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MPEG news: a report from the 106th meeting, Geneva, Switzerland

MPEG news: a report from the 106th meeting, Geneva, Switzerland | Video Breakthroughs | Scoop.it
bitmovin's CIO Dr. Christian Timmerer regularly attends the standardization meetings of the Moving Picture Experts Group (MPEG). This is his report from the 106th MPEG meeting in Geneva, Switzerland ...
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The hybrid evolution of Europe’s HbbTV standard

The hybrid evolution of Europe’s HbbTV standard | Video Breakthroughs | Scoop.it

With free-to-air broadcasters increasingly looking to hybrid solutions, combining broadcast with IP-based advanced interactive services to stay relevant, Europe’s HbbTV standard is evolving to enable a wider range of applications. Stuart Thomson reports. 

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Open Source DPP creation

Open Source DPP creation | Video Breakthroughs | Scoop.it

From time to time we work on other things beyond DVB broadcast encoding where Open Source can be used to transform closed broadcast workflows. The file delivery specification from the Digital Production Partnership (DPP) is one such area. However, the AVC-Intra codec used in DPP is effectively a proprietary codec with implementation in the real world being more complex than the SMPTE RP2027 that AS-11 recommends and in a number of areas implemented incorrectly. However, we have now successfully reverse engineered AVC-Intra from available samples which allows a fully open source DPP creation workflow. Along with existing Open Source projects for manipulation and creation of mxf files, a fully compliant DPP file can be delivered to UK broadcasters.

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W3C proceeds with Web video encryption despite opposition

W3C proceeds with Web video encryption despite opposition | Video Breakthroughs | Scoop.it

The Web standards group is going ahead with its Encrypted Media Extensions technology despite some opposition, arguing it's a step in the right direction.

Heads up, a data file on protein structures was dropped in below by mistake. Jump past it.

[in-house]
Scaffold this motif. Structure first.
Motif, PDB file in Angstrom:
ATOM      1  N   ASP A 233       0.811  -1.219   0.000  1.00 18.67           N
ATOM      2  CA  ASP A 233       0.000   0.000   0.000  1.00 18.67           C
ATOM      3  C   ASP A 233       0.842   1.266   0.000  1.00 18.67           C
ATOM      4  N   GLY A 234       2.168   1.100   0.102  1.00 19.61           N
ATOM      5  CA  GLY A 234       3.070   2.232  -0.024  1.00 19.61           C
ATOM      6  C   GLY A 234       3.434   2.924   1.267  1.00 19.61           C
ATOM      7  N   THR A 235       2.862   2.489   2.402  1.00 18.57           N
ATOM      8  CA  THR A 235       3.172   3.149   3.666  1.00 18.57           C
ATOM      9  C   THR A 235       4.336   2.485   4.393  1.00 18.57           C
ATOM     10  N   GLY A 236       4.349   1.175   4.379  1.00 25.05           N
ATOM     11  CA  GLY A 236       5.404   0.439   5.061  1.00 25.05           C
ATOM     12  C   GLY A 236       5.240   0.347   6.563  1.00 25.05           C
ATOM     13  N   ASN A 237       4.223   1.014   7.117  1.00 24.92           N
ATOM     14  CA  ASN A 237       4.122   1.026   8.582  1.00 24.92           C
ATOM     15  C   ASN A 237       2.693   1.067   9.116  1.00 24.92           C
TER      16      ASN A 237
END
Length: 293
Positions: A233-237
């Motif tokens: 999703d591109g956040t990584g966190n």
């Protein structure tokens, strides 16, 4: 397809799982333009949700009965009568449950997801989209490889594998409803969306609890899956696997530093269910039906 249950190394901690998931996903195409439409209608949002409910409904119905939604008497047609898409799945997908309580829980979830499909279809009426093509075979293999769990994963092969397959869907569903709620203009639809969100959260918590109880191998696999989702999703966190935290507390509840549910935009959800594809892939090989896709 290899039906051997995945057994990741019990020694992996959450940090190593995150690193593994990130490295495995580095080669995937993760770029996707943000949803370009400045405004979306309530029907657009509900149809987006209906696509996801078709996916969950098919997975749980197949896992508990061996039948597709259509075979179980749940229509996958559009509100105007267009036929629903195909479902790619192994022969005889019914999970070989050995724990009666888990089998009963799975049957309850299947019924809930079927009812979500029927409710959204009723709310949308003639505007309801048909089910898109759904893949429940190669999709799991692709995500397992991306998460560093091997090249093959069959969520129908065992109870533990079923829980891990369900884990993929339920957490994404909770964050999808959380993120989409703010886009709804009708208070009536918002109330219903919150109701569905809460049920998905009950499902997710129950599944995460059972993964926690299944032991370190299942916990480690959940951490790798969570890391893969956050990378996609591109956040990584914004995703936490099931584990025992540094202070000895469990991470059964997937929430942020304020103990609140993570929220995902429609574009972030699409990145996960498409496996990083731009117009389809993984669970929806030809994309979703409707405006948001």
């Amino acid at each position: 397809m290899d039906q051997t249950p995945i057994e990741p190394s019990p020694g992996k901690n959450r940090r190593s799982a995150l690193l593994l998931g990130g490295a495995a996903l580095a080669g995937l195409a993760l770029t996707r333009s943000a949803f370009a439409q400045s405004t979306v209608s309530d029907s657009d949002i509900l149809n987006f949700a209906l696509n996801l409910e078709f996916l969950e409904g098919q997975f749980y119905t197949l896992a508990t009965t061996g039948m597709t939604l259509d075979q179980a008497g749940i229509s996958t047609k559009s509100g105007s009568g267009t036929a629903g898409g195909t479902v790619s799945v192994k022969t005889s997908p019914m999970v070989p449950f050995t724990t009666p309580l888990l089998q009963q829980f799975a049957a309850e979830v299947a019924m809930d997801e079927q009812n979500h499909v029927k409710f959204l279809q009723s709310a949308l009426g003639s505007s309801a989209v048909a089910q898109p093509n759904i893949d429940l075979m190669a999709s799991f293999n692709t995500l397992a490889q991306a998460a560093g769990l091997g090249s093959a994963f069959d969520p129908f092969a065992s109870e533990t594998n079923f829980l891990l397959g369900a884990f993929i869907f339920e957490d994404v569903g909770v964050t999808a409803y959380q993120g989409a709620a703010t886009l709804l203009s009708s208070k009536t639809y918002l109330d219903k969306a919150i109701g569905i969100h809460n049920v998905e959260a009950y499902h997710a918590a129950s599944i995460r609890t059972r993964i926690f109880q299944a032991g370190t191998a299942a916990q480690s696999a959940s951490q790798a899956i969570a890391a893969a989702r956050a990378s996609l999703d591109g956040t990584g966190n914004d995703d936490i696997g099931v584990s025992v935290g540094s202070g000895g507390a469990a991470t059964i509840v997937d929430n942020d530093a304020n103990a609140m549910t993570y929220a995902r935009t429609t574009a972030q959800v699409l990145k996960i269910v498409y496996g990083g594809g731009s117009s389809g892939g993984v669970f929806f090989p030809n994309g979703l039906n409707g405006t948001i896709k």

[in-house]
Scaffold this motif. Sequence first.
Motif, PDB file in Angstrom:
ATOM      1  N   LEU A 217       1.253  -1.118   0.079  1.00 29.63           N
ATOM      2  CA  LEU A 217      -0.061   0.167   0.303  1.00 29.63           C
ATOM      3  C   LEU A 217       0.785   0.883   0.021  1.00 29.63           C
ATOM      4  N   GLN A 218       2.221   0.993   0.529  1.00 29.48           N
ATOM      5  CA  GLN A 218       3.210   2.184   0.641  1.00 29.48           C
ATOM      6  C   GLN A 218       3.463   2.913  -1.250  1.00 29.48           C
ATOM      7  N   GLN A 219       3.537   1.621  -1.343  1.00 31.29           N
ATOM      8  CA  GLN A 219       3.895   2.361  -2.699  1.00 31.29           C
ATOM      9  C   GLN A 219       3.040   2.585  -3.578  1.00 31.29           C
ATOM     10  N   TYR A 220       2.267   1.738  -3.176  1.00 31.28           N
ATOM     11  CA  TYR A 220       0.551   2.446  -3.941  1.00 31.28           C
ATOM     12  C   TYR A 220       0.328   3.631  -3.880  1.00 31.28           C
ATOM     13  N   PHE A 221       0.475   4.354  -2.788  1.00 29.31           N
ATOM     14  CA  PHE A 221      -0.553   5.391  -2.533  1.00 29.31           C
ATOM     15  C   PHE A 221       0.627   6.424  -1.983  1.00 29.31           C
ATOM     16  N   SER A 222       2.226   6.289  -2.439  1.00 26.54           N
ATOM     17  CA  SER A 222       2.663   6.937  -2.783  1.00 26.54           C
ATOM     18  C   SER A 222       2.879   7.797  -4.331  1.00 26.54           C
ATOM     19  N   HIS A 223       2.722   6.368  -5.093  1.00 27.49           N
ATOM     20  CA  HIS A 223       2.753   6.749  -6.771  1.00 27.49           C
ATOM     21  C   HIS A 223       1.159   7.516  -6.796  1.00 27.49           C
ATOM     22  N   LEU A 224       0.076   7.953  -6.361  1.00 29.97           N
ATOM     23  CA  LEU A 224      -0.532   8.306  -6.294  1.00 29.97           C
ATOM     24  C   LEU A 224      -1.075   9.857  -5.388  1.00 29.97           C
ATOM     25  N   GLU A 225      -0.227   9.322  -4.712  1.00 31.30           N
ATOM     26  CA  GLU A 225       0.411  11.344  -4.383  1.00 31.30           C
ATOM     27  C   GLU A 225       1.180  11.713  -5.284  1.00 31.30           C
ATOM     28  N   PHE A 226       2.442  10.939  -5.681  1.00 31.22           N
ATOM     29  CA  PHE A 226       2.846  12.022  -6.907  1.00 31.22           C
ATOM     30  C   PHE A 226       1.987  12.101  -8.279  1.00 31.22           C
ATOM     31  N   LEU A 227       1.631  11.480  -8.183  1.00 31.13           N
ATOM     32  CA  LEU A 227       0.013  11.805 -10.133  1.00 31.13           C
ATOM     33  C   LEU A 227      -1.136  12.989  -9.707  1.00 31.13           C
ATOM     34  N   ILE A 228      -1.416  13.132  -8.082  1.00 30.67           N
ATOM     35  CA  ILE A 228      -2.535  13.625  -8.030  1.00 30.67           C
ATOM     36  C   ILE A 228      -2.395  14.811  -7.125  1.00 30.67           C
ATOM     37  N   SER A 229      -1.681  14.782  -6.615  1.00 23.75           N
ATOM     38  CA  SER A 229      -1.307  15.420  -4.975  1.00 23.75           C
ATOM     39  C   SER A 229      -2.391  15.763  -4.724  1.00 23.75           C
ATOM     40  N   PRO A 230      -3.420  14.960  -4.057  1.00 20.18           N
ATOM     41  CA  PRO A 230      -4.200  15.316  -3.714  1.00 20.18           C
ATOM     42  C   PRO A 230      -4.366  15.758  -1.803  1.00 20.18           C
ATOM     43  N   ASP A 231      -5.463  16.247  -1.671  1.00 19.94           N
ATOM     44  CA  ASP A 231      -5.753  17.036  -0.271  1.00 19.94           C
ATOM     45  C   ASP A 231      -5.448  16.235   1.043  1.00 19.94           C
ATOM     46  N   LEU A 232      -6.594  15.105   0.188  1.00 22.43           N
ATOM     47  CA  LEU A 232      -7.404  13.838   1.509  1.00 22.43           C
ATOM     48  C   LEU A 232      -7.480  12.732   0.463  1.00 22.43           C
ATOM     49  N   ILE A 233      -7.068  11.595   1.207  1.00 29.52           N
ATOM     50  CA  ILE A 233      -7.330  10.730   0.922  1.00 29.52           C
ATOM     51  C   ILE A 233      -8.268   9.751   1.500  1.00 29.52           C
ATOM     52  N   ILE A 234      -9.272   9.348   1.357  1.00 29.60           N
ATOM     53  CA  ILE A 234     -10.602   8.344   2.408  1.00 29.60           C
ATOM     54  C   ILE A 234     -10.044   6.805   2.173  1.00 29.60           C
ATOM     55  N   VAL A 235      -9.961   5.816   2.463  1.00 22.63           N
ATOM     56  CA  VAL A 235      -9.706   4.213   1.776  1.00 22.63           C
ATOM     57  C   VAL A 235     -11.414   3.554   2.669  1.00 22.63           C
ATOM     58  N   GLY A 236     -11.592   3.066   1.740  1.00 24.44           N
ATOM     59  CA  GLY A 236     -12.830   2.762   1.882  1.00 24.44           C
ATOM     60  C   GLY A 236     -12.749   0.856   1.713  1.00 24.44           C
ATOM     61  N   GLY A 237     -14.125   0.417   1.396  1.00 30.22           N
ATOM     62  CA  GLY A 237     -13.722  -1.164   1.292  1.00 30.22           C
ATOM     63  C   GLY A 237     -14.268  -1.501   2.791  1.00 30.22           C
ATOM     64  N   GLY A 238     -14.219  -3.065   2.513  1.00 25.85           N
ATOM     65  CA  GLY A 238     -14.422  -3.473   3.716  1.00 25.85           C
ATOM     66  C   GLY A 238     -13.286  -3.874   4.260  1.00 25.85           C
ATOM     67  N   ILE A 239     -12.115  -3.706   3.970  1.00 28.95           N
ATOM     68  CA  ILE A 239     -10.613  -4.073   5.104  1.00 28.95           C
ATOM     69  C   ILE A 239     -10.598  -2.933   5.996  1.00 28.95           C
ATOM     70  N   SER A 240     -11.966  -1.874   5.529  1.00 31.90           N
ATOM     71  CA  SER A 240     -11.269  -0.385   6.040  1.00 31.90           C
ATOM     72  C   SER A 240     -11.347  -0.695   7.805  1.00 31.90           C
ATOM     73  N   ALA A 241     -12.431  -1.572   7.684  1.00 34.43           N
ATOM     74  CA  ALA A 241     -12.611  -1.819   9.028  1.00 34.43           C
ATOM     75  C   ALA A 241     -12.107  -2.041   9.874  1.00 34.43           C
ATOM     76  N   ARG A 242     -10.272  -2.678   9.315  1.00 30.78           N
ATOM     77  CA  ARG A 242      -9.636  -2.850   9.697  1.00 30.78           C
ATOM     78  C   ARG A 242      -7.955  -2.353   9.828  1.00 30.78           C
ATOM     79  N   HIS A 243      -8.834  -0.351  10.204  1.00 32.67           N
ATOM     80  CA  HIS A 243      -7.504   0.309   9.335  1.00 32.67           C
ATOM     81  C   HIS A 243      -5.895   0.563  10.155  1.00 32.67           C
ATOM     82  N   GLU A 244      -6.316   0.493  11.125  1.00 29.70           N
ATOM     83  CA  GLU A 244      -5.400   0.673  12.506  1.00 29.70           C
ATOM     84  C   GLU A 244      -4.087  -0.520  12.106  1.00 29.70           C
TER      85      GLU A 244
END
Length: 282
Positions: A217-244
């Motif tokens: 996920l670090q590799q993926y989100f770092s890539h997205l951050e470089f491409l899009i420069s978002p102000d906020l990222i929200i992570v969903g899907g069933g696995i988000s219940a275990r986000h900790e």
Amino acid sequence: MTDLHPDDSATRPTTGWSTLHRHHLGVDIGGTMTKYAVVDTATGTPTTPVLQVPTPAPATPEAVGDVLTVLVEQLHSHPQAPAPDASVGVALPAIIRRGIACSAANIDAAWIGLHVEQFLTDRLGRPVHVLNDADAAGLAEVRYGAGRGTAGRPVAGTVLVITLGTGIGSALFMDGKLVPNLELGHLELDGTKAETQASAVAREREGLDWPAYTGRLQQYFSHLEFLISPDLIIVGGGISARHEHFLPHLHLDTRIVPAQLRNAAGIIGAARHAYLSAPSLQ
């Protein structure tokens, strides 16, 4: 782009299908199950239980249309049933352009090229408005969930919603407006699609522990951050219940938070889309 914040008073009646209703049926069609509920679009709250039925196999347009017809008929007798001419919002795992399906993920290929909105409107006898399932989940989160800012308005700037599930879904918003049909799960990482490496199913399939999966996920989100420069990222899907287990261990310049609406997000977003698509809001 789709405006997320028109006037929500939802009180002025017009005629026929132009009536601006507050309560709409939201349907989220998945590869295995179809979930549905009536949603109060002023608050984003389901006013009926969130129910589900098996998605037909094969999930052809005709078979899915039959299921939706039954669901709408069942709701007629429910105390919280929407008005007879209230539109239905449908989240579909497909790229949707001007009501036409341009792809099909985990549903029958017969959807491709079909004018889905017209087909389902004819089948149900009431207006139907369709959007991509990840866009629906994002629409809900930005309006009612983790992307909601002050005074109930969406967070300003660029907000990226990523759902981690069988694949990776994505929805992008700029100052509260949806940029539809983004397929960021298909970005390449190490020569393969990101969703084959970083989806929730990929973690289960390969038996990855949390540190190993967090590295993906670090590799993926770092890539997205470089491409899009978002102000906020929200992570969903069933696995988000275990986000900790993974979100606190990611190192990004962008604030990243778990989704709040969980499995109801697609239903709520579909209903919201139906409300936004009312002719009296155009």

The World Wide Web Consortium has decided to go ahead with a technology that will let companies like Netflix stream encrypted video using Web sites -- against the wishes of the Free Software Foundation, Electronic Frontier Foundation, and 25,600 petition signatories.

 

The Web standards group announced the move Thursday, to nobody's surprise. Entertainment-industry players had approached the group three years ago to discuss the technology, Microsoft has been helping develop it, and Google already has built the specification, called Encrypted Media Extensions (EME) into Chrome.

 

The standard doesn't actually handle encryption and digital rights management (DRM) to govern who gets to see or copy video. Instead, it provides a standard mechanism that lets a browser call upon a plug-in that handles the work. In other words, it enables encryption but doesn't do the encryption itself.

 

Nicolas Weil's insight:

Ars Technica's Opinion : "DRM in HTML5 is a victory for the open Web, not a defeat" http://goo.gl/BNHh1

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EBU BroadThinking 2013 - the state of the art rendezvous for OTT and Hybrid TV // DAY 2 & DEMOS Report

EBU BroadThinking 2013 - the state of the art rendezvous for OTT and Hybrid TV // DAY 2 & DEMOS Report | Video Breakthroughs | Scoop.it

Nothing was more welcome after day 1 of EBU BroadThinking 2013 than a good night of sleep, in order to reset the tech hype counters and make some mental room for two new sessions on broadcasters’ CDNs and the latest advances of hybrid platforms. What would be the best broadcasters’ CDN architectures today, what would be their smartest (green) evolutions, would CDN-Federation standards finally bring interop reality over hopes, what would be the most advanced deployments and future of HbbTV, how it compares with YouView in the UK : day 2 agenda was looking quite attractive – and indeed the presentations were packed with valuable informations and experience feedbacks.